Sessions and posters from the 35th Congress of the European Committee for Treatment and Research in Multiple Sclerosis discussed various ways to measure patient-reported outcomes in multiple sclerosis.
Patient-reported outcomes (PROs), said Paul Matthews, MD, DPhil, FRCP, of Imperial College, London, are “ultimately the filter through which all this biology and pharmacology acts.” His comment about the importance of hearing from those living with multiple sclerosis (MS) occurred at ECTRIMS 2019, the 35th Congress of the European Committee for Treatment and Research in Multiple Sclerosis, which took place September 11-13, 2019, in Stockholm, Sweden.
Matthews’ presentation on PROs, which was part of a satellite symposium on novel measures monitoring MS that are becoming more important in clinical practice, was just one of many presentations, posters, and educational sessions during ECTRIMS 2019 that examined both the necessity, challenges, and results of incorporating this data into measurement of progress in treating MS.
PROs, Matthews said, are “better at capturing the voice of the person with MS,” especially as cognition assessments become more important as measures of disability progression. Oncology, he said, has offered a path for measuring “how patients feel and function,” as well as examples of how PROs directly relate to “hard” clinical outcomes.
He discussed the benefits and downsides of the Multiple Sclerosis Impact Scale (MSIS-29), which has 20 items related to physical status and 9 concerning psychological status. The score can be converted into a score of 0 to 100.
Digital tools provide opportunities for capturing PROs easily, with an iPhone or a Fitbit. Matthews pointed to examples such as the PatientsLikeMe website, which offers patients with dozens of conditions to share data online and connect with others like themselves.
But PROs are still a work in progress he said. Measures are still being constructed and validated. More work is being done to (1) address new populations or aspects of health, (2) improve clinical meaningfulness, (3) enhance convenience and patient compliance, and (4) improvement measurement properties.
Allessandra Solari, MD, of Fondazione IRCCS Istituto Neurologico C. Besta, Milan, Italy, said during an educational session that implementing PROs can bring certain challenges, including the administration burden and the concern on the part of patients that there is no obvious purpose to being asked questions. For physicians and researchers, the subjective nature of questions can be a barrier, along with the ability to have data at the point of care, and to interpret it. Finally, data security can be an issue.
But Solari was among the researchers at ECTRIMS 2019 working to validate PROs for use in clinical, epidemiological, and quality of care studies, and several were presented during the meeting.
Researchers from the United Kingdom’s Swansea University in Wales and Imperial College London presented a poster highlighting the power of a multivariate linear regression (MLR) model using the Expanded Disability Status Scale (EDSS), along with measures already collected by the UK MS Register. The poster was based on data gathered from 83 patients were given the MSIS-29 v2 and the Multiple Sclerosis Walking Scale.1
“The model results had good predictive power; the selected variables in the MLR account for 94% of EDSS variance,” the authors wrote.
Deborah M. Miller, PhD, LISW, is member of the professional staff at the Mellen Center for Multiple Sclerosis Treatment and Research of Cleveland Clinic and an associate professor Cleveland Clinic Lerner College of Medicine of Case Western Reserve University, offered an update about the Neuro-QoL (Quality of Life in Neurological Conditions), a group of PROs measures developed by the National Institutes of Health and available since 2010. It is now supported by HealthMeasures, Miller said. Neuro-QoL was developed for 5 adult and 2 pediatric neurological disorders, through an extensive process that gathered input from patients, caregivers, and clinicians.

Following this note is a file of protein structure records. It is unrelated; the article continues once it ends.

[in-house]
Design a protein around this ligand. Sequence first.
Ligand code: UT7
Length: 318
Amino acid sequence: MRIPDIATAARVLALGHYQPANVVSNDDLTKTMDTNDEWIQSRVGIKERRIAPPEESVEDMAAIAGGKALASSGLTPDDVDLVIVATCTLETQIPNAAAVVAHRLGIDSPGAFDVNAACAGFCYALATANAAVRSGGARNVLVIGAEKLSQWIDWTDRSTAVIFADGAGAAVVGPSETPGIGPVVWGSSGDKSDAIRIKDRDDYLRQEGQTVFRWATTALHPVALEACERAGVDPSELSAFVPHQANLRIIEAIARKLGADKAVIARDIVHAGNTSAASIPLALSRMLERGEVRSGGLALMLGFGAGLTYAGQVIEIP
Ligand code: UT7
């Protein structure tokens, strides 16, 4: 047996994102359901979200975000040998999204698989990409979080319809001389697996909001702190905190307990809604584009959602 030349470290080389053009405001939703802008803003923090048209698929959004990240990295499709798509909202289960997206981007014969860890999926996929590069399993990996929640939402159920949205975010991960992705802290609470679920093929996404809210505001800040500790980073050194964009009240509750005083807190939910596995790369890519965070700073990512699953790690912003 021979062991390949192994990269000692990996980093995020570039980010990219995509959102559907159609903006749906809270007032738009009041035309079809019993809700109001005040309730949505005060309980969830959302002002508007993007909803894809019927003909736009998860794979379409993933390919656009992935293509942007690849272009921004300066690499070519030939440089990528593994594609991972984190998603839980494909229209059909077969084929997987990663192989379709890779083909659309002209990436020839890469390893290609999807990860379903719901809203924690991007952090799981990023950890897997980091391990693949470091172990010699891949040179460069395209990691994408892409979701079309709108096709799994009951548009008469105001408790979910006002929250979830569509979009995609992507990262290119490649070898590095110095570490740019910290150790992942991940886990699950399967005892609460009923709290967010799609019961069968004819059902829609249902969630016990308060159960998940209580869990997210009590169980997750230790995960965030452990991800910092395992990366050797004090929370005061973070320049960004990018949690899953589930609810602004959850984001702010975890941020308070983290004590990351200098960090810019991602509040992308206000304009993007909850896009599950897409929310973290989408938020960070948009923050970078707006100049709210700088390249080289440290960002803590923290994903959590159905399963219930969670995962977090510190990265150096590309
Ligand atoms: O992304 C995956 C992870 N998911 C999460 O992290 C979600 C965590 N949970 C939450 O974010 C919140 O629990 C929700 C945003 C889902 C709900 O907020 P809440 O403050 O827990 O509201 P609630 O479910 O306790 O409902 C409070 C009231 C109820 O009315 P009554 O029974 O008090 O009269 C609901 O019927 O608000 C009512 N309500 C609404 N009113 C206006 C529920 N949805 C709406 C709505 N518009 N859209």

The measure includes 12 unidimensional scales that have been calibrated using item response theory. Scores are reported on a T-score metric (mean = 50; SD = 10), which allows for an interpretable reference for scores. Miller said administration can be done in many forms, but the most efficient method is on a computer. This method can be translated into other languages, the computer method limits the administrative burden.
It has 3 main domains: physical, mental, and social health. Miller said 3 functions that have not been adequately calibrated for use in clinical practice in MS include bowel function, urinary/bladder function, and sexual function.
One of the mental health areas measures is stigma. “It’s remarkable to me how significant stigma is for people living with MS,” Miller said. “We had included this primarily for people living with epilepsy. But there is a high level that people report even with low-level disability with people with multiple sclerosis.”
In this realm, the end-of-life concerns measure has not been calibrated, she said. At present, the metric is being used in 2 actively-enrolling global MS comparative effectiveness studies that will report data in 2-3 years. Many smaller studies assessing Neuro-QoL are ongoing. It’s too soon to say if NIH’s Neuro-QoL will become the “gold standard.”
With choices available, Matthews said in his talk, “it’s hard to give a fixed recommendation,” for a single measure. “But it’s important for all neurologists to think about incorporating some PROs into their practice.
The best recommendation is to use the simplest measure “that you can count on the patient to use.”